For more than a week earlier this month, Northern Ireland was rocked by riots in pro-British unionist communities, with frequent outbursts of violence in areas bordering on pro-Irish nationalist neighborhoods. Thankfully, no one was killed, but almost 90 police officers were injured in efforts to quell the unrest and keep youths on either side of the “peace walls”—effectively enhanced security barriers separating the two communities—from attacking one another.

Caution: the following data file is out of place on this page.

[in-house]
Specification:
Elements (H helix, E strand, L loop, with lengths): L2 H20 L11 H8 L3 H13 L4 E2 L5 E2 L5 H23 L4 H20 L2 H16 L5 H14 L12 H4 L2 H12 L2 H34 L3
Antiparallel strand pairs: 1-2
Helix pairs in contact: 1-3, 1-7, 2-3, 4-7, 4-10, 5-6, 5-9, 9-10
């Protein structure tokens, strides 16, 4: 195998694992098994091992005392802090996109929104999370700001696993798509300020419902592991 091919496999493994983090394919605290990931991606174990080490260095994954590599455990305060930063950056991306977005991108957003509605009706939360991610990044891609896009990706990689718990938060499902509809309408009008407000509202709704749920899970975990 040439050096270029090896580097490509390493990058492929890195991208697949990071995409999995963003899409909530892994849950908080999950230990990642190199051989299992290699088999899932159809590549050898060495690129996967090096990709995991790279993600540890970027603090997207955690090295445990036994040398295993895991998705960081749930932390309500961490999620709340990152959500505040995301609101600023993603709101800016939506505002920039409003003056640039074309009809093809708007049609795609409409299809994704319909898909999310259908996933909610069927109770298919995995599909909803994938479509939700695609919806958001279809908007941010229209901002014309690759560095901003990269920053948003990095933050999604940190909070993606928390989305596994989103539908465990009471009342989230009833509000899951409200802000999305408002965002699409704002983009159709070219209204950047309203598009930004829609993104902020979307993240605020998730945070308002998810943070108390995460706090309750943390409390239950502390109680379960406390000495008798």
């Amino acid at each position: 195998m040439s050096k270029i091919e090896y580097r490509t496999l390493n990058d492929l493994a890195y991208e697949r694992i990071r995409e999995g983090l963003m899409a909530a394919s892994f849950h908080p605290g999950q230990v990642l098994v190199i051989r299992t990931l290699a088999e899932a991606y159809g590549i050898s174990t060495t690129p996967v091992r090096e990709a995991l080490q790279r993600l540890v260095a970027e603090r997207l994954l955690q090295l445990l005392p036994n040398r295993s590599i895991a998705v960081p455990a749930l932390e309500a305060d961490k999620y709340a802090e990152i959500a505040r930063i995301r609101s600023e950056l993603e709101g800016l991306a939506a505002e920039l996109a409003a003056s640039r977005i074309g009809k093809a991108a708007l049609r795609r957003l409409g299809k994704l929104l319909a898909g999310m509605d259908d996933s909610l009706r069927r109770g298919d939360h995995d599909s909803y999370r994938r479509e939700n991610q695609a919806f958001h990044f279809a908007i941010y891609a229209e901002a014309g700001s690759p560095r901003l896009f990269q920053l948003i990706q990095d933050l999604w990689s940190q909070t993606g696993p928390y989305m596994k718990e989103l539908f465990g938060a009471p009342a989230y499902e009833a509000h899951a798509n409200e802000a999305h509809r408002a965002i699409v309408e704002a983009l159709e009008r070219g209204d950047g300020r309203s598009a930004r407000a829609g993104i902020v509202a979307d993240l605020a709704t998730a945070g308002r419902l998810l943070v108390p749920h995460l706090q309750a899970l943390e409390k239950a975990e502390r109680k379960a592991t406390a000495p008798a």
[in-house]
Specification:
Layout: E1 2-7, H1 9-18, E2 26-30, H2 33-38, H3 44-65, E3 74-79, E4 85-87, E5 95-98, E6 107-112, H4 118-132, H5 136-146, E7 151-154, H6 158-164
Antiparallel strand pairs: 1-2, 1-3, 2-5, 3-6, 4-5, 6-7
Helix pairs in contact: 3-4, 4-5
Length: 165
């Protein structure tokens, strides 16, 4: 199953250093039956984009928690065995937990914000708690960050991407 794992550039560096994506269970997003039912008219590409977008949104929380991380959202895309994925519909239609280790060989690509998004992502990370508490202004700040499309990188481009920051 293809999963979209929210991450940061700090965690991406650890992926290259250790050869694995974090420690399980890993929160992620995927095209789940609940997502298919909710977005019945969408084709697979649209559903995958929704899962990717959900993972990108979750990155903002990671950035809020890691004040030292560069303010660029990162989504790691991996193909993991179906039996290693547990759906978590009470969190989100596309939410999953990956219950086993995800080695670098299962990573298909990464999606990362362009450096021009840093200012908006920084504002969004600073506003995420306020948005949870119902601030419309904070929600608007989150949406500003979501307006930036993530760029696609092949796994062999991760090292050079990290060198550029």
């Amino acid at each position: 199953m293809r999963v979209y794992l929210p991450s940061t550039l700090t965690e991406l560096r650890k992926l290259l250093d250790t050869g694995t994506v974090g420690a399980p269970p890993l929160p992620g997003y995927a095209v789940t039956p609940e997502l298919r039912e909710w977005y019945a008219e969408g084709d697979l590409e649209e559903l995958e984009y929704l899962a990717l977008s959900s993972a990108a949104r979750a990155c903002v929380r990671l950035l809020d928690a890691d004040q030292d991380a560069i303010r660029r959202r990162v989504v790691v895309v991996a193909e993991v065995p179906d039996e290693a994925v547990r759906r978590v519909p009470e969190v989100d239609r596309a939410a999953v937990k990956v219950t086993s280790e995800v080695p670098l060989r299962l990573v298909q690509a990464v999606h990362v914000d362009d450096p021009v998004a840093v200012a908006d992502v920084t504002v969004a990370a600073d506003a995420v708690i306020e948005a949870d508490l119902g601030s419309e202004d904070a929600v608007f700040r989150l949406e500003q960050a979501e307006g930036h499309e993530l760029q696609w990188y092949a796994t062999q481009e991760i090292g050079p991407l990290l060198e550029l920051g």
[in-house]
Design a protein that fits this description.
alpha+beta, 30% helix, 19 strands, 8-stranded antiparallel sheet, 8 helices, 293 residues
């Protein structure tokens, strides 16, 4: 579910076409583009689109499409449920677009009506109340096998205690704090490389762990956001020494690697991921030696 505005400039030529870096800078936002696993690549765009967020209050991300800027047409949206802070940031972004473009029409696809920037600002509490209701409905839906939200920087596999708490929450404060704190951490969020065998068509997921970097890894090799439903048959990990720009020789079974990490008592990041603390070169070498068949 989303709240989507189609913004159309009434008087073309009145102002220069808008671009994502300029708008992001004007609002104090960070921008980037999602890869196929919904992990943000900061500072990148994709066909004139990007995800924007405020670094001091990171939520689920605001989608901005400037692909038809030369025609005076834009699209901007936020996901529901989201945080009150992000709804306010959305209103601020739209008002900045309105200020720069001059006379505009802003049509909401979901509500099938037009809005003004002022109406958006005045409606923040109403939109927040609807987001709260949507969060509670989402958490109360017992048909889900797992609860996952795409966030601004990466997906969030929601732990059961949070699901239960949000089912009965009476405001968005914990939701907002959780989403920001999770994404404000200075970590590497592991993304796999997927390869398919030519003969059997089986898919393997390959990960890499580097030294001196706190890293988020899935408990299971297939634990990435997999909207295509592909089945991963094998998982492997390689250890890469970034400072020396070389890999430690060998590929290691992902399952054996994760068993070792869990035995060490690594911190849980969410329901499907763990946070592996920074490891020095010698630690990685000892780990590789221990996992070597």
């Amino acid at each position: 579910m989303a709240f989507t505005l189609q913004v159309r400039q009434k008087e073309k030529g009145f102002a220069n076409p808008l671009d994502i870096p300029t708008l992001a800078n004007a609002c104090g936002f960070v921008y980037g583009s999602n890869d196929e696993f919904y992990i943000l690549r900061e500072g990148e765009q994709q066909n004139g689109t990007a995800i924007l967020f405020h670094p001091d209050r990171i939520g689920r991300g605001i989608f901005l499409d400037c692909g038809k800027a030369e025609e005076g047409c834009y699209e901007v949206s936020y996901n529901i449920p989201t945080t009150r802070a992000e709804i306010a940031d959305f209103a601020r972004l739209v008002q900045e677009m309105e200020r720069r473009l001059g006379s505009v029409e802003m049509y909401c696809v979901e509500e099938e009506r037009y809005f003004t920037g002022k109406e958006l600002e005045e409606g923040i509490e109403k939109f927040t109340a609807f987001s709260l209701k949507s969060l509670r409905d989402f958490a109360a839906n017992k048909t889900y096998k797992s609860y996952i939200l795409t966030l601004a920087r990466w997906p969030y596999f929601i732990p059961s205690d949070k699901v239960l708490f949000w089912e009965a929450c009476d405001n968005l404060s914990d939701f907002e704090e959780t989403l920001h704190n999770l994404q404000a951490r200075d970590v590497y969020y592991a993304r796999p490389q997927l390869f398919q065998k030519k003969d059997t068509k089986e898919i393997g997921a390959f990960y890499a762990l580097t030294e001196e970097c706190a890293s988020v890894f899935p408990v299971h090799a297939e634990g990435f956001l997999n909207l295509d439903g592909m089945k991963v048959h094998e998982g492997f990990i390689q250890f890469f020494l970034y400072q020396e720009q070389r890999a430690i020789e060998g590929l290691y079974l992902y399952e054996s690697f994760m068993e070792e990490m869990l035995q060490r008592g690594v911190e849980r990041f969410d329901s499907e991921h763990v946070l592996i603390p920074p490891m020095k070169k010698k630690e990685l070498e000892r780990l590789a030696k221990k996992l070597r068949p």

The main trigger for the disorder was the recent decision by local authorities not to prosecute leaders of the staunchly nationalist Sinn Fein party for attending the funeral last summer of Bobby Storey, a former Irish Republican Army commander. The decision contravened the spirit, if not the letter, of the law underpinning coronavirus restrictions on mass gatherings, and was thus particularly insulting to the families of those who have died from COVID-19. Unionists were further outraged that Sinn Fein appeared to be acting above a law that it helped create through the party’s role in the regional power-sharing government in Belfast.